Date of Award


Degree Type


Degree Name

Master of Arts



Major Professor

Richard L. Jantz

Committee Members

Murray K. Marks, Janice Harper


ReFace (Reality Enhancement Facial Approximation by Computational Estimation) is a prototype facial approximation software program developed by the Federal Bureau of Investigation (FBI) in conjunction with GE Global Research. The prototype extrapolates an “approximation” of a face from a skull using a database of computed tomography (CT) scans of living individuals. The test set consisted of CT scans of 53 articulated human skulls from the William M. Bass Donated Skeletal Collection and the William M. Bass Forensic Skeletal Collection, which are curated at the University of Tennessee in Knoxville.

Through the Federal Bureau of Investigation’s Visiting Scientist Program, an educational opportunity administered by the Oak Ridge Institute of Science and Education (ORISE), the researcher conducted an independent validation of this software in two phases. Phase 1 tested and evaluated the software performance, resulting in improvements to the software and the development of standardized protocol for articulation, packaging, and preparation of human skulls for CT scans. Phase 2 validated the accuracy of the software in the production of facial approximations from human skulls using face pools and resemblance ratings.

In Phase 2, computerized facial approximations were visually compared with antemortem photographs by four participant groups (N = 103). Ten test subjects of European ancestry (six females and four males) were selected for a photographic validation by face pool and resemblance rating validation tests. Participants were asked to choose the face pool photograph that most closely resembled the facial approximation produced by ReFace. In the second test, the same volunteers were asked to rate (on a scale of 1 to 5) how closely ReFace facial approximations of target subjects resembled an antemortem photograph.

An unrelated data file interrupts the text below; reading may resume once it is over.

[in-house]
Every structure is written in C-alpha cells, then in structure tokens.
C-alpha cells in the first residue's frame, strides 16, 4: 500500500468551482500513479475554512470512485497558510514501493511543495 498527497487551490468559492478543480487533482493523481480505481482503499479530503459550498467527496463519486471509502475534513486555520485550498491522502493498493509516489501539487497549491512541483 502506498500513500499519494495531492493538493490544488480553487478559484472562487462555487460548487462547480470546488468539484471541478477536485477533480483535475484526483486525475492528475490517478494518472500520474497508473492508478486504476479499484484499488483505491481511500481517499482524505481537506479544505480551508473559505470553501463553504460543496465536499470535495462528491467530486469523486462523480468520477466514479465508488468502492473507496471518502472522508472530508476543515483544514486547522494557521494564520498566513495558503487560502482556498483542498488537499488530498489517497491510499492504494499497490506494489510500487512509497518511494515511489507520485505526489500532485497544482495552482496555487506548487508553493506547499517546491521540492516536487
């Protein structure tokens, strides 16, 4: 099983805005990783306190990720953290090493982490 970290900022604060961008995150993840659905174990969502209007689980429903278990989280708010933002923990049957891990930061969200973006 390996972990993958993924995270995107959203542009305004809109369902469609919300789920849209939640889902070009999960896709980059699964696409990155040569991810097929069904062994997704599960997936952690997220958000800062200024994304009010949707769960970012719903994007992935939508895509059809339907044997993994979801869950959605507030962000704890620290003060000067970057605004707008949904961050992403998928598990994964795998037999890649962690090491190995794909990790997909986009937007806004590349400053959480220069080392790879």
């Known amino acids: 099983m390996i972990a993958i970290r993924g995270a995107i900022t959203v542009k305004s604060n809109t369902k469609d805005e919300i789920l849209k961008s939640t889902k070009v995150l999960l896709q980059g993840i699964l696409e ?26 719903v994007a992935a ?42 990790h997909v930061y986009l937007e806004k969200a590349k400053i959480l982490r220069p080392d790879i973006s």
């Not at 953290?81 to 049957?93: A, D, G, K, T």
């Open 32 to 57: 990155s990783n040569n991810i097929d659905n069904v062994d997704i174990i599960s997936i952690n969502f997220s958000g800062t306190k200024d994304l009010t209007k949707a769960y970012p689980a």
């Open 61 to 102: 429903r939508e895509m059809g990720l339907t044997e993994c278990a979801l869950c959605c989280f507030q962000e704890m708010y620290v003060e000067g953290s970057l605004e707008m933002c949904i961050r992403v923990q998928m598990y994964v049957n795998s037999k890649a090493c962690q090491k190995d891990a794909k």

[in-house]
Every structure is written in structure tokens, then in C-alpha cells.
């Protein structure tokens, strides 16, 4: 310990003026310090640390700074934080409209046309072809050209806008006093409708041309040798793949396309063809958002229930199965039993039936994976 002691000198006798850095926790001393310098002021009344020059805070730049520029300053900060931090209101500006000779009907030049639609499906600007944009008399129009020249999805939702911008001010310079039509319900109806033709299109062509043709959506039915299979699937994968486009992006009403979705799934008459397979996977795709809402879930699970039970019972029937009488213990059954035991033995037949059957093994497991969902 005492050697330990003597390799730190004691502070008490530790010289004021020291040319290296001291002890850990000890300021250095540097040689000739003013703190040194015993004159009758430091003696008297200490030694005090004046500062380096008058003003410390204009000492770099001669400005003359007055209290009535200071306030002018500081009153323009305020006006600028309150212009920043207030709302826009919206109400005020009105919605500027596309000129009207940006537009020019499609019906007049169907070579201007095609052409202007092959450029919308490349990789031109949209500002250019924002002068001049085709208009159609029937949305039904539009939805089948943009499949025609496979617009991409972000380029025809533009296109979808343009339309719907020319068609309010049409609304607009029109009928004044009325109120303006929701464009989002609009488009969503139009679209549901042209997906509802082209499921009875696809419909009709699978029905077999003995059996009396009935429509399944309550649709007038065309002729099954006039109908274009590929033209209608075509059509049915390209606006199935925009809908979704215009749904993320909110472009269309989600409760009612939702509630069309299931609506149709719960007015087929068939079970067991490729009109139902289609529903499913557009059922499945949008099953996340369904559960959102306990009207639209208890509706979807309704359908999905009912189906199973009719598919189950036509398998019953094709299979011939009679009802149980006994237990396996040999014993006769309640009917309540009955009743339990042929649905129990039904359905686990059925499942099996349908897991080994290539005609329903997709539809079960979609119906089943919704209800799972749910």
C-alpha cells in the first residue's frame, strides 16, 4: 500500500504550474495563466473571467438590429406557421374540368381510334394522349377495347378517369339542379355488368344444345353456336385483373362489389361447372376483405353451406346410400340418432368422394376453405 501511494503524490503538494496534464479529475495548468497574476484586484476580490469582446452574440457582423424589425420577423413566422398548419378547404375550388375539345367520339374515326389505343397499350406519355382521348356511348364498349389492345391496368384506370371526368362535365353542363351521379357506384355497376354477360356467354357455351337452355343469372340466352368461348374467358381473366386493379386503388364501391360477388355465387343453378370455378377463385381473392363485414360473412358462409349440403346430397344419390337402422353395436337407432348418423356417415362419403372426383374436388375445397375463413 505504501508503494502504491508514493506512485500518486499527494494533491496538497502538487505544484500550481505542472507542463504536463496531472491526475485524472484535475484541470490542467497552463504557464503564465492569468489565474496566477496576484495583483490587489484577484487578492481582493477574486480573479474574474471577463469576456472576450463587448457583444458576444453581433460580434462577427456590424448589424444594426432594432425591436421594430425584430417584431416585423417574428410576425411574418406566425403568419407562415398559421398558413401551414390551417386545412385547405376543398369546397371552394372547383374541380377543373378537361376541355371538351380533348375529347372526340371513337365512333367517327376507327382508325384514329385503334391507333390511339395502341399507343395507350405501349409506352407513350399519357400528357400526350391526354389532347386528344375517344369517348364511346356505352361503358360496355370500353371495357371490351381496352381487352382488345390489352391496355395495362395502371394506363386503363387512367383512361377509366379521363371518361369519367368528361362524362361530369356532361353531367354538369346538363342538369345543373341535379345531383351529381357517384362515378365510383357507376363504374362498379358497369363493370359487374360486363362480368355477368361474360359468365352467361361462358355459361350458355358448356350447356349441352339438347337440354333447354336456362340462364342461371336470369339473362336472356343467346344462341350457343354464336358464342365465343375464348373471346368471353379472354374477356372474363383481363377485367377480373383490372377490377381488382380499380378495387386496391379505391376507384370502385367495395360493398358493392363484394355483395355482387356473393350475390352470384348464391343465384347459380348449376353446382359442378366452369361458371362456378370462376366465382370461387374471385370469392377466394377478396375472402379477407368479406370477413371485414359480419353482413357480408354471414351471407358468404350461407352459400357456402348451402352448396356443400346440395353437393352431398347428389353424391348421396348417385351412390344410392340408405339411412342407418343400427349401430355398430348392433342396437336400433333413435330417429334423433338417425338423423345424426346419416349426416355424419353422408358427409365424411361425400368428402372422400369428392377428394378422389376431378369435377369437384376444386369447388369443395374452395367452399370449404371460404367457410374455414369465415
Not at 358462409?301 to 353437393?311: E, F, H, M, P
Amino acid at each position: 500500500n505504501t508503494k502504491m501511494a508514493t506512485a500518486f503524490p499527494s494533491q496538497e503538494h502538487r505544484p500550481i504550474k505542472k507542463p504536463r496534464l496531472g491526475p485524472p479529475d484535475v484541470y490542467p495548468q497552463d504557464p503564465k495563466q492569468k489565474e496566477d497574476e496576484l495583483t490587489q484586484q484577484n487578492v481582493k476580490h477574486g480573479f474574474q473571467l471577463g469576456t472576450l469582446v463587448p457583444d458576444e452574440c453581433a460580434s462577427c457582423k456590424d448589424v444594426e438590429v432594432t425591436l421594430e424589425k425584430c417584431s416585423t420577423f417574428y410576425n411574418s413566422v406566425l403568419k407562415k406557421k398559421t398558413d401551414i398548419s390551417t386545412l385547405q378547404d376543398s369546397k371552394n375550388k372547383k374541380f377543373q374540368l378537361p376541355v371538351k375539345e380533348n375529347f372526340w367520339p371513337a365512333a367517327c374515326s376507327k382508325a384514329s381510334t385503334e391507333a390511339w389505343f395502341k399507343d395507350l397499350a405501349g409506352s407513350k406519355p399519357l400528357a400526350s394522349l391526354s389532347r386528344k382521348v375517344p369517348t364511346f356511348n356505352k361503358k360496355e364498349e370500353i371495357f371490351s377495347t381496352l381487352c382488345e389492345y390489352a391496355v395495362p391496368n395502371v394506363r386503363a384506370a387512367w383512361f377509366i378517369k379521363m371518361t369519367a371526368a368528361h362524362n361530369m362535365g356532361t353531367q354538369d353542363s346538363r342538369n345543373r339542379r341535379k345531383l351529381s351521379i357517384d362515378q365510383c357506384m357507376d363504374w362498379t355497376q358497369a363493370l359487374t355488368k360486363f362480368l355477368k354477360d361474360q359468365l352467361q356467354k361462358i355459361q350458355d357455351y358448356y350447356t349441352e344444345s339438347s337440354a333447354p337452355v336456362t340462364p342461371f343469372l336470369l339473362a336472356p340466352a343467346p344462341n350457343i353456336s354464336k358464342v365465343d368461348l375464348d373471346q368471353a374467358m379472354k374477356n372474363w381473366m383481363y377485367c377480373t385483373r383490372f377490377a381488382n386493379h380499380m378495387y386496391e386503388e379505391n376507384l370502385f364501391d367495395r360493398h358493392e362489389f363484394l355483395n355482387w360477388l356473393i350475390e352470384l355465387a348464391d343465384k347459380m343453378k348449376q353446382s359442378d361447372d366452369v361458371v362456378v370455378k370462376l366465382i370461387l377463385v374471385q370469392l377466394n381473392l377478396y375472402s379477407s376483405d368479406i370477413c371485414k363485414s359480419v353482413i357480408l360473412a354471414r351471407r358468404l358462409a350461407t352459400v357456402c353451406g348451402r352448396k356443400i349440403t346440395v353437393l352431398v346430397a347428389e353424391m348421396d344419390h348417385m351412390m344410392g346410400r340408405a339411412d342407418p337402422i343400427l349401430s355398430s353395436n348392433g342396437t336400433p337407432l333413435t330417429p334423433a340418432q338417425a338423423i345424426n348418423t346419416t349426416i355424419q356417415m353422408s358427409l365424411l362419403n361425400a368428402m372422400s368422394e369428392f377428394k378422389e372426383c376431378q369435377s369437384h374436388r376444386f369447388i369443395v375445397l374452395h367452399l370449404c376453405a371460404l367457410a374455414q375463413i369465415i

In the Face Pool Validation Test, nine out of ten target subjects were correctly identified above random chance, and the frequency distribution was statistically above chance expectations for nine out of ten target subjects (p < .01). The mean hit rate for all subjects was 24% (10% above random chance). There were no significant differences in the hit rates between male participants (67%) and females participants (33%), or between participant groups. All participants were non-experts. Male target subjects received higher numbers of correct responses than female target subjects. The overall ratings for the Resemblance Rating Validation Test were 13% none, 24% slight, 22% approximate, 25% close, and 16% strong. The majority of subjects were rated as close resemblance (six subjects), strong resemblance (one subject), approximate resemblance (one subject), and slight resemblance (one subject). The foil comparison received an equal number of ratings for no resemblance (30.5%) and slight resemblance (30.5%).

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